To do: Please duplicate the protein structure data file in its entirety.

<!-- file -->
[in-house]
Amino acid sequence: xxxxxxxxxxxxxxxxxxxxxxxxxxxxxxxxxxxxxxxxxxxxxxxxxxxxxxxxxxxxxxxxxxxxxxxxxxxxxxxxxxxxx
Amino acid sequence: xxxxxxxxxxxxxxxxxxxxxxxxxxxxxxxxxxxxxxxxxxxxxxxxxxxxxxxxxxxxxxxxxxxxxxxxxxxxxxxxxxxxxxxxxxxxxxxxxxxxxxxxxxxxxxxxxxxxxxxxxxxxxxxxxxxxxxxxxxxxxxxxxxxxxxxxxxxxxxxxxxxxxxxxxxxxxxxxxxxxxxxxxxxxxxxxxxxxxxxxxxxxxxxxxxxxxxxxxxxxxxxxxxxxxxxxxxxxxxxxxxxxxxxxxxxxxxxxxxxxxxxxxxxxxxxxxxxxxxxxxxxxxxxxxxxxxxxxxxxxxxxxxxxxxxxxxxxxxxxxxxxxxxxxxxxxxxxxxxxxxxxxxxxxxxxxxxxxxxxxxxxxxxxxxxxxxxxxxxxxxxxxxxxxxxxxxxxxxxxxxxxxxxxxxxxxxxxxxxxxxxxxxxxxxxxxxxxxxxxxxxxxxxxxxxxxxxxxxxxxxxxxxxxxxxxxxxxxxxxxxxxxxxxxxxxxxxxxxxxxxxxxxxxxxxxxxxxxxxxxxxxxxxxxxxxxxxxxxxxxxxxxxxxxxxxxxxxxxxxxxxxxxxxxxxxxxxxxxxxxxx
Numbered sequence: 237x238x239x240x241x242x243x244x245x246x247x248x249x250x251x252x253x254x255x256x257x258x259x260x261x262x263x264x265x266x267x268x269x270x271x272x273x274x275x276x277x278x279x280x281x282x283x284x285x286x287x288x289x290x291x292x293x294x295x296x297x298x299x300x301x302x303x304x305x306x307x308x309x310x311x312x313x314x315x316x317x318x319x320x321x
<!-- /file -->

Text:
[in-house]
Amino acid sequence: xxxxxxxxxxxxxxxxxxxxxxxxxxxxxxxxxxxxxxxxxxxxxxxxxxxxxxxxxxxxxxxxxxxxxxxxxxxxxxxxxxxxx
Amino acid sequence: xxxxxxxxxxxxxxxxxxxxxxxxxxxxxxxxxxxxxxxxxxxxxxxxxxxxxxxxxxxxxxxxxxxxxxxxxxxxxxxxxxxxxxxxxxxxxxxxxxxxxxxxxxxxxxxxxxxxxxxxxxxxxxxxxxxxxxxxxxxxxxxxxxxxxxxxxxxxxxxxxxxxxxxxxxxxxxxxxxxxxxxxxxxxxxxxxxxxxxxxxxxxxxxxxxxxxxxxxxxxxxxxxxxxxxxxxxxxxxxxxxxxxxxxxxxxxxxxxxxxxxxxxxxxxxxxxxxxxxxxxxxxxxxxxxxxxxxxxxxxxxxxxxxxxxxxxxxxxxxxxxxxxxxxxxxxxxxxxxxxxxxxxxxxxxxxxxxxxxxxxxxxxxxxxxxxxxxxxxxxxxxxxxxxxxxxxxxxxxxxxxxxxxxxxxxxxxxxxxxxxxxxxxxxxxxxxxxxxxxxxxxxxxxxxxxxxxxxxxxxxxxxxxxxxxxxxxxxxxxxxxxxxxxxxxxxxxxxxxxxxxxxxxxxxxxxxxxxxxxxxxxxxxxxxxxxxxxxxxxxxxxxxxxxxxxxxxxxxxxxxxxxxxxxxxxxxxxxxxxxxx
Numbered sequence: 237x238x239x240x241x242x243x244x245x246x247x248x249x250x251x252x253x254x255x256x257x258x259x260x261x262x263x264x265x266x267x268x269x270x271x272x273x274x275x276x277x278x279x280x281x282x283x284x285x286x287x288x289x290x291x292x293x294x295x296x297x298x299x300x301x302x303x304x305x306x307x308x309x310x311x312x313x314x315x316x317x318x319x320x321x